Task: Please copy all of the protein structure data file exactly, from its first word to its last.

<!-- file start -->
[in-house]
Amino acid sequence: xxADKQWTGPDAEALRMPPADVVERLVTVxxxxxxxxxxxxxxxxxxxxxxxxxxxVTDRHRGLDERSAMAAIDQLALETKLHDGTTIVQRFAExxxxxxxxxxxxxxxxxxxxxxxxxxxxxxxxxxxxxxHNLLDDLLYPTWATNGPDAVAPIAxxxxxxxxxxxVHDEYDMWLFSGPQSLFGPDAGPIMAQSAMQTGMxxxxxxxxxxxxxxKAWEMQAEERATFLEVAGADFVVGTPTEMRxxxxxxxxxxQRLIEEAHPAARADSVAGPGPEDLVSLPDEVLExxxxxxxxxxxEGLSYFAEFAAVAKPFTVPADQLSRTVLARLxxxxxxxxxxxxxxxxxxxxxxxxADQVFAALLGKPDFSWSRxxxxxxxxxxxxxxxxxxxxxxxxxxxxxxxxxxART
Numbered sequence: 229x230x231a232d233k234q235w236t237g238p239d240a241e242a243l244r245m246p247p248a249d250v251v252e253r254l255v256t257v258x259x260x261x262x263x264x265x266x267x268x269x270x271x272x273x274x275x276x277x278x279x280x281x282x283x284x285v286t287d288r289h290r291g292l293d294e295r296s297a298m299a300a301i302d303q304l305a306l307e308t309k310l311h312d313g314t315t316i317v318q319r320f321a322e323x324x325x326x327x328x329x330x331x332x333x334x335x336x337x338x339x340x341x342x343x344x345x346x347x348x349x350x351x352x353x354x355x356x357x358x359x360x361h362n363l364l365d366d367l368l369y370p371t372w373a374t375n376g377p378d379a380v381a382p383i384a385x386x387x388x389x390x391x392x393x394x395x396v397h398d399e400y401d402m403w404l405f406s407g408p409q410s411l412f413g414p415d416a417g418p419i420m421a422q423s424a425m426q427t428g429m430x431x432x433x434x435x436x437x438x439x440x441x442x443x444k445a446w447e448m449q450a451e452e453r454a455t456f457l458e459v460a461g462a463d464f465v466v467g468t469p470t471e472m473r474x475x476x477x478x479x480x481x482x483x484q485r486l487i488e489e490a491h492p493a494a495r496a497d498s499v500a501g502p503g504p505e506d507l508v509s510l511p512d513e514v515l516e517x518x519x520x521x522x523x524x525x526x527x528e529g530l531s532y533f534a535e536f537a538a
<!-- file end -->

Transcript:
[in-house]
Amino acid sequence: xxADKQWTGPDAEALRMPPADVVERLVTVxxxxxxxxxxxxxxxxxxxxxxxxxxxVTDRHRGLDERSAMAAIDQLALETKLHDGTTIVQRFAExxxxxxxxxxxxxxxxxxxxxxxxxxxxxxxxxxxxxxHNLLDDLLYPTWATNGPDAVAPIAxxxxxxxxxxxVHDEYDMWLFSGPQSLFGPDAGPIMAQSAMQTGMxxxxxxxxxxxxxxKAWEMQAEERATFLEVAGADFVVGTPTEMRxxxxxxxxxxQRLIEEAHPAARADSVAGPGPEDLVSLPDEVLExxxxxxxxxxxEGLSYFAEFAAVAKPFTVPADQLSRTVLARLxxxxxxxxxxxxxxxxxxxxxxxxADQVFAALLGKPDFSWSRxxxxxxxxxxxxxxxxxxxxxxxxxxxxxxxxxxART
Numbered sequence: 229x230x231a232d233k234q235w236t237g238p239d240a241e242a243l244r245m246p247p248a249d250v251v252e253r254l255v256t257v258x259x260x261x262x263x264x265x266x267x268x269x270x271x272x273x274x275x276x277x278x279x280x281x282x283x284x285v286t287d288r289h290r291g292l293d294e295r296s297a298m299a300a301i302d303q304l305a306l307e308t309k310l311h312d313g314t315t316i317v318q319r320f321a322e323x324x325x326x327x328x329x330x331x332x333x334x335x336x337x338x339x340x341x342x343x344x345x346x347x348x349x350x351x352x353x354x355x356x357x358x359x360x361h362n363l364l365d366d367l368l369y370p371t372w373a374t375n376g377p378d379a380v381a382p383i384a385x386x387x388x389x390x391x392x393x394x395x396v397h398d399e400y401d402m403w404l405f406s407g408p409q410s411l412f413g414p415d416a417g418p419i420m421a422q423s424a425m426q427t428g429m430x431x432x433x434x435x436x437x438x439x440x441x442x443x444k445a446w447e448m449q450a451e452e453r454a455t456f457l458e459v460a461g462a463d464f465v466v467g468t469p470t471e472m473r474x475x476x477x478x479x480x481x482x483x484q485r486l487i488e489e490a491h492p493a494a495r496a497d498s499v500a501g502p503g504p505e506d507l508v509s510l511p512d513e514v515l516e517x518x519x520x521x522x523x524x525x526x527x528e529g530l531s532y533f534a535e536f537a538a